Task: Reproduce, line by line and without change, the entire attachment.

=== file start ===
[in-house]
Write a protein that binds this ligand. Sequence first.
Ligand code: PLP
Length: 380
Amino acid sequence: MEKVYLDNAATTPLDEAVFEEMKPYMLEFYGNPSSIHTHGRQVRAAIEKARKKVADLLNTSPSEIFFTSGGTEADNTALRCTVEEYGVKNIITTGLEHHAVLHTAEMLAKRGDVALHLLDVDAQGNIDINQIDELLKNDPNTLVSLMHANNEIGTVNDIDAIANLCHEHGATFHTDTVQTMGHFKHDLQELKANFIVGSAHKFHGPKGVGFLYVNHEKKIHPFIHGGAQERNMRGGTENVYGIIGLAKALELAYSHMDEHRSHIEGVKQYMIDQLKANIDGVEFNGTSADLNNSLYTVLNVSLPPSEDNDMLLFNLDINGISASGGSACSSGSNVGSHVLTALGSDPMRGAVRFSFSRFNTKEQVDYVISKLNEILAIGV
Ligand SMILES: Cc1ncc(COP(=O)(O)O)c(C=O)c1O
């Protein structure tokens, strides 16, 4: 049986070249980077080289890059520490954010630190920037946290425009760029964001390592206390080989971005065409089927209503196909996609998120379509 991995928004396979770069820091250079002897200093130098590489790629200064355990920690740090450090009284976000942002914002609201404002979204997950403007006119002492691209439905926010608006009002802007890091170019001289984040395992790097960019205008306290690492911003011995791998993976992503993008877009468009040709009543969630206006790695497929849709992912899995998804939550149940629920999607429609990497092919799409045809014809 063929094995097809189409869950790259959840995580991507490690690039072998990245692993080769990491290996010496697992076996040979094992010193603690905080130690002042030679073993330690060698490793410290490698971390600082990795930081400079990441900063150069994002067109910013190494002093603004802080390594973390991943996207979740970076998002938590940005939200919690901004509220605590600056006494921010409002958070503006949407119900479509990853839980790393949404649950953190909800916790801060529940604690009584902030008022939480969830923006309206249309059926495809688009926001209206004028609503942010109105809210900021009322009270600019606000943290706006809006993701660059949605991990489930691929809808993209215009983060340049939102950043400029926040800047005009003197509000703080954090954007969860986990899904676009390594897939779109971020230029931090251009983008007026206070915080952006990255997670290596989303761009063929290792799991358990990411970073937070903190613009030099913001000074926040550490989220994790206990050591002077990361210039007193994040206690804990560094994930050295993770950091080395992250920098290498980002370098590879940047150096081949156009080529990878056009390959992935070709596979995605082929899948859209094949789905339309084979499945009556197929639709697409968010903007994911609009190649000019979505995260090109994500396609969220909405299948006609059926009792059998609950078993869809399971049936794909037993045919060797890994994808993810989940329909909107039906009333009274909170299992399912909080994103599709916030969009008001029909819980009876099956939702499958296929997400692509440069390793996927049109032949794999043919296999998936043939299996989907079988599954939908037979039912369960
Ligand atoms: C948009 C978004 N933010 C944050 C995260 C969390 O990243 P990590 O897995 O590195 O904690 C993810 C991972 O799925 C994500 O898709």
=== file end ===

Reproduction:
[in-house]
Write a protein that binds this ligand. Sequence first.
Ligand code: PLP
Length: 380
Amino acid sequence: MEKVYLDNAATTPLDEAVFEEMKPYMLEFYGNPSSIHTHGRQVRAAIEKARKKVADLLNTSPSEIFFTSGGTEADNTALRCTVEEYGVKNIITTGLEHHAVLHTAEMLAKRGDVALHLLDVDAQGNIDINQIDELLKNDPNTLVSLMHANNEIGTVNDIDAIANLCHEHGATFHTDTVQTMGHFKHDLQELKANFIVGSAHKFHGPKGVGFLYVNHEKKIHPFIHGGAQERNMRGGTENVYGIIGLAKALELAYSHMDEHRSHIEGVKQYMIDQLKANIDGVEFNGTSADLNNSLYTVLNVSLPPSEDNDMLLFNLDINGISASGGSACSSGSNVGSHVLTALGSDPMRGAVRFSFSRFNTKEQVDYVISKLNEILAIGV
Ligand SMILES: Cc1ncc(COP(=O)(O)O)c(C=O)c1O
């Protein structure tokens, strides 16, 4: 049986070249980077080289890059520490954010630190920037946290425009760029964001390592206390080989971005065409089927209503196909996609998120379509 991995928004396979770069820091250079002897200093130098590489790629200064355990920690740090450090009284976000942002914002609201404002979204997950403007006119002492691209439905926010608006009002802007890091170019001289984040395992790097960019205008306290690492911003011995791998993976992503993008877009468009040709009543969630206006790695497929849709992912899995998804939550149940629920999607429609990497092919799409045809014809 063929094995097809189409869950790259959840995580991507490690690039072998990245692993080769990491290996010496697992076996040979094992010193603690905080130690002042030679073993330690060698490793410290490698971390600082990795930081400079990441900063150069994002067109910013190494002093603004802080390594973390991943996207979740970076998002938590940005939200919690901004509220605590600056006494921010409002958070503006949407119900479509990853839980790393949404649950953190909800916790801060529940604690009584902030008022939480969830923006309206249309059926495809688009926001209206004028609503942010109105809210900021009322009270600019606000943290706006809006993701660059949605991990489930691929809808993209215009983060340049939102950043400029926040800047005009003197509000703080954090954007969860986990899904676009390594897939779109971020230029931090251009983008007026206070915080952006990255997670290596989303761009063929290792799991358990990411970073937070903190613009030099913001000074926040550490989220994790206990050591002077990361210039007193994040206690804990560094994930050295993770950091080395992250920098290498980002370098590879940047150096081949156009080529990878056009390959992935070709596979995605082929899948859209094949789905339309084979499945009556197929639709697409968010903007994911609009190649000019979505995260090109994500396609969220909405299948006609059926009792059998609950078993869809399971049936794909037993045919060797890994994808993810989940329909909107039906009333009274909170299992399912909080994103599709916030969009008001029909819980009876099956939702499958296929997400692509440069390793996927049109032949794999043919296999998936043939299996989907079988599954939908037979039912369960
Ligand atoms: C948009 C978004 N933010 C944050 C995260 C969390 O990243 P990590 O897995 O590195 O904690 C993810 C991972 O799925 C994500 O898709």